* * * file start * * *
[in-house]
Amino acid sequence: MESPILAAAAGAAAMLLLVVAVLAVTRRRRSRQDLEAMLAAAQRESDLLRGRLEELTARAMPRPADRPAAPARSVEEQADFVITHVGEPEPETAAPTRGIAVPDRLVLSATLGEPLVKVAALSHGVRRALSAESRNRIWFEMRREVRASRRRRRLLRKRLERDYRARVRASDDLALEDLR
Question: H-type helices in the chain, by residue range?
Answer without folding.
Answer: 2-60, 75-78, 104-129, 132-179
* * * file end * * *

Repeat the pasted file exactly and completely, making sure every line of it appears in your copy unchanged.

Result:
[in-house]
Amino acid sequence: MESPILAAAAGAAAMLLLVVAVLAVTRRRRSRQDLEAMLAAAQRESDLLRGRLEELTARAMPRPADRPAAPARSVEEQADFVITHVGEPEPETAAPTRGIAVPDRLVLSATLGEPLVKVAALSHGVRRALSAESRNRIWFEMRREVRASRRRRRLLRKRLERDYRARVRASDDLALEDLR
Question: H-type helices in the chain, by residue range?
Answer without folding.
Answer: 2-60, 75-78, 104-129, 132-179